Travel Ban: The Un-American, America

Jarin Islam, with the Wilshire Center Koreatown Neighborhood Council, during a news conference amid a solidarity rally with the Muslim community of Los Angeles in response to President Donald Trump's executive orders on immigration, on February 3, 2017. (Francine Orr/Los Angeles Times/TNS)

As a Middle Eastern American and as a person who advocates for all human rights, I am ashamed to admit that I feel an insurmountable relief to not be considered a Muslim American.

Syrian-Lebanese Christians, as myself, are considered a minority within a minority. In fact, many of our ancestors were persecuted because of the beliefs within our own countries. We were lucky enough to find refuge in other countries where we could live away from the war’s destruction. Now, America is no longer an option to Middle easterners when it comes to seeking refuge from the bloodshed that occurs in their country.

Last week, Trump signed an executive order banning refugees from seven majority Muslim countries from entering the U.S. His intensions were to keep out “radical, Islamic terrorists.” As a result, less refugees will be entering the U.S. and will remain in the face of immediate danger within their homeland.

The larger impact of the ban sends a much more penetrating and obscene message: Muslims are the source behind all of America’s problems.

Muslims have been the target of America’s terrorist scapegoat prior to 9/11 and have been treated with anxiety and slandered against due to stereotypes that were born from media exaggeration.

Mainstream media has labeled them as a crazed, power obsessed, religiously radical, violent group of people, but this ‘truth’ that has been fed to us is a complete lie. They are continuously misunderstood, misrepresented, and mislabeled in American media as terrorists, Jihadists and radicals.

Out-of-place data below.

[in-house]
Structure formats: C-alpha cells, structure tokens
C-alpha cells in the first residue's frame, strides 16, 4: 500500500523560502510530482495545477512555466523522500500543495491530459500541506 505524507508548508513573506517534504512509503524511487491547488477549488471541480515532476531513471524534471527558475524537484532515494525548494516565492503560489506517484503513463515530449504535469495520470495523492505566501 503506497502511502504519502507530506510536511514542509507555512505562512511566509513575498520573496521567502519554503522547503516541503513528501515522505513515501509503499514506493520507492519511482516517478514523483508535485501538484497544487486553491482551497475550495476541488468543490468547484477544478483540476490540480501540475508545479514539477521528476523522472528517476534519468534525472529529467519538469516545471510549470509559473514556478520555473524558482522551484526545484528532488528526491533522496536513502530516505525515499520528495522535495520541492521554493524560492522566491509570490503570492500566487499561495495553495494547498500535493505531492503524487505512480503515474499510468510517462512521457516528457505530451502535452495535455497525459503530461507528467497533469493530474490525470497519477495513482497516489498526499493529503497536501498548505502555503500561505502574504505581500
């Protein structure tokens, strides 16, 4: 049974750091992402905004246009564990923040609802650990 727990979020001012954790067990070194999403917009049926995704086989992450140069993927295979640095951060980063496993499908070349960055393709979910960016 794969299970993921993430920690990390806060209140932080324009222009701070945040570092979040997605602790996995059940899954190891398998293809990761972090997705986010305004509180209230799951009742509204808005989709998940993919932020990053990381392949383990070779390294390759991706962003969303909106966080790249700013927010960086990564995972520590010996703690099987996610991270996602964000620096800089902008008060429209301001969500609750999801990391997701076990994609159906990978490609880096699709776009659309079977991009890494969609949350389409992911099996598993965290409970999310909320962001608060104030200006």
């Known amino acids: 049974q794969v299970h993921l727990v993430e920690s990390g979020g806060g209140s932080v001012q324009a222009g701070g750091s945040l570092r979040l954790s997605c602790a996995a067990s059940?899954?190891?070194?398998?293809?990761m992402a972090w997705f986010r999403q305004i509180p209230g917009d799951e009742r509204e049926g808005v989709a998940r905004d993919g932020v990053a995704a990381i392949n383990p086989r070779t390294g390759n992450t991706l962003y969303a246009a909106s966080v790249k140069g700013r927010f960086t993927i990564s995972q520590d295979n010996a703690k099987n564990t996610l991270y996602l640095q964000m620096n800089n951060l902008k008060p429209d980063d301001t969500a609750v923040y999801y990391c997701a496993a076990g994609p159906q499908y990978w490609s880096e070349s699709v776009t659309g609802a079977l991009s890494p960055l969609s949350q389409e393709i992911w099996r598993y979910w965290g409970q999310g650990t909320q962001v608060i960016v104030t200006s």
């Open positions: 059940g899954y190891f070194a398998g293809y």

On the contrary, Muslim people are incredibly peaceful, kind and giving people that don’t deserve the scrutiny that has been thrust towards them. They are violent in the same sense that every white Christian is violent, think of Aurora, Colorado, or Columbine.

The media is and has been defining an entire group of people for the actions of a few, rather than the reality of many.

Trump is not helping alleviate the negative portrayal of Muslim faith any further with his ban.

Trump’s singularization of the Muslim people through this ban tells us as Americans that Muslims are the reason for the declining welfare of our nation, and further implies that they are not welcome in this country. The ban dismisses the fact that this nation was founded by immigrants from all walks of the world. Moreover, it shows that Americans no longer have religious freedom, and that this land is no longer a place for all. Instead, it is a place that persecutes all for disagreeing with certain political, social or religious belief. Most of all, this ban shows how unwittingly and dismissively Trump is ready to deny citizens and refugees alike. American ideology of liberty for all, for which this country was founded upon, and that anyone is welcome to the land of liberty and freedom, is gone.

Trump is singlehandedly destabilizing the foundation of this country that was built by immigrants by allowing America to become more fundamentally un-American through this Muslim ban.

As children, we were taught the words “This land is your land, this land is my land.” We believed these words, and we meant it from the bottom of our hearts.

I miss that America, and I believe in that America. I believed we welcomed all people of different shapes, sizes, colors, religions, and backgrounds with open arms. I thought we could call them our brothers and sisters.

I believed in equality for all, and I believed that everyone, no matter who they are, is allowed the same fundamental rights in this country, in which one could find salvation.

When we turn on each other, we become un-American. We become divided as a nation and therefore stray from the best version of ourselves, and in turn we stray from the best version this country can be, one that is for the people and by the people.

I want to believe in that again, I want to believe in the ideal, celestial, golden version of America that was presented to me at a young age. I want it for myself, and I want it for everyone alike that needs something to believe in. Everyone deserves an equal and fighting chance to live the life they want to live without adversity and prejudice.